Let us recall that early in the 2000-s Russia and the United States came up with a joint initiative to make the INF Treaty multilateral, calling the countries having intermediate-range and shorter-range missiles to join the Treaty. It was clear from the beginning that the initiative had little chances to succeed. It was difficult to imagine that such countries as China, India, Pakistan, Iran and Israel would abandon the possession of such missiles.
In this connection, it would have been expedient for Russia to come up with an initiative regarding a new treaty on intermediate-range and shorter-ranger missiles, since continued reciprocal accusations objectively only discredited the Treaty. A new approach to intermediate- and shorter-range missiles could have been in drafting and concluding a multilateral treaty based not on the destruction of missiles of this class, but on the limitation of their number, similarly to the U.S.-Russia Strategic Arms Limitation Treaty. As the proposed treaty would have been multilateral, the element of discrimination towards both Russia and the United States could disappear, and a considerable contribution could have been made to missile non-proliferation.
Of course, there is little possibility that United States will immediately start deploying such kind of missiles in Germany, or Netherlands once the INF Treaty is abandoned. The public opinion of those countries will not allow the United States to deploy nuclear intermediate-range missiles. But still countries like Poland, Baltic states, Romania might immediately start pressing United States for deployment of such kind of missiles. And of course, that would reduce flying time till Russian territories to pure minutes. And that would be very troublesome and dangerous, because Russian military will start thinking of some sort of retaliation. At the end, this situation will contribute to the further deterioration of our relations.
We have only two arms control treaties left – INF and START – and I hope that the New START will be extended for another five-year period. What would an arms control regime look like after the New START expires? It is necessary to impose limitations upon the missile defense system because, following the American logic during the 60s, ABM turns to be a weapon of a potential aggressor. It is useless and impossible to include everything in one treaty, but the restrictions on offensive and defensive arms, including space-based ones will have to be the key elements of a future arms control architecture.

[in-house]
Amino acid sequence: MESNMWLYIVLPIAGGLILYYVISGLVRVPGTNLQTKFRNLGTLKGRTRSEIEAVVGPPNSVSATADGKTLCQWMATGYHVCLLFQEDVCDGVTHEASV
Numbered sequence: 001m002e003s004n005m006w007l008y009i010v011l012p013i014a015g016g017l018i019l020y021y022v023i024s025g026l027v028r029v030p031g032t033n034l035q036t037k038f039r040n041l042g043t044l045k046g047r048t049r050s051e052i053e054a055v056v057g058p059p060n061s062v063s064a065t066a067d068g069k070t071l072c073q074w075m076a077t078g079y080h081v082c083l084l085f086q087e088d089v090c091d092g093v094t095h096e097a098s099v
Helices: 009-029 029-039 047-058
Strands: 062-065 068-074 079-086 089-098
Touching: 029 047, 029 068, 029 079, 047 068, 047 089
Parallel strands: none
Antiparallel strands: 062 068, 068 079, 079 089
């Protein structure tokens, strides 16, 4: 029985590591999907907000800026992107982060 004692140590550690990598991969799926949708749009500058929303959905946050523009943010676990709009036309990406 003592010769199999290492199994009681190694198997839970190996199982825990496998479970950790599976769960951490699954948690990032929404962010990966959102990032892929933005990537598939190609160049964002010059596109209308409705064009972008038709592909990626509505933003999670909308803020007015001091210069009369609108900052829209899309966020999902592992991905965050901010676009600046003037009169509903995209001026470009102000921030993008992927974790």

Everything points to the fact that the New START will follow the fate of the INF Treaty, and the whole system of arms control will cease to exist. But I think it is not going to be like that for long. Sooner or later, the United States will come to the same conclusion they reached in the late 60s: when it comes to nuclear weapons, predictability is even more important than arms reductions. Considering that the United States and Russia already have experience in providing predictability in this area, it will be necessary to return to it.
There is some evidence, that 10 or 15 years ago nobody from Russian politicians and militarymen thought about creating or deploying Russian anti-missile defense system since it turned out to be too expensive. Moreover, such systems cannot cover the whole territory of the Russian Federation, even the European part of it. But the U.S. policy in missile defense actually made Russian presidents, governments and MOD in particular, to stop thinking about deployment, at least some sort of limited missile defense. If it’s not, we do have the system around the Moscow area of the so-called Central Industrial Area. And now the Russian government is thinking about deploying some non-strategic missile defense covering the most important objects on the territory of the Russian Federation.
Of course, the issue of missile defense includes space as well. In the view of the Russian military it’s the three empirical components of the possible future agreement on nuclear or strategic stability: offensive weapons, missile defense, and space. It is quite possible that if United States agreed to talk about missile defense and space, Russia can include into discussion questions on non-strategic nuclear weapons.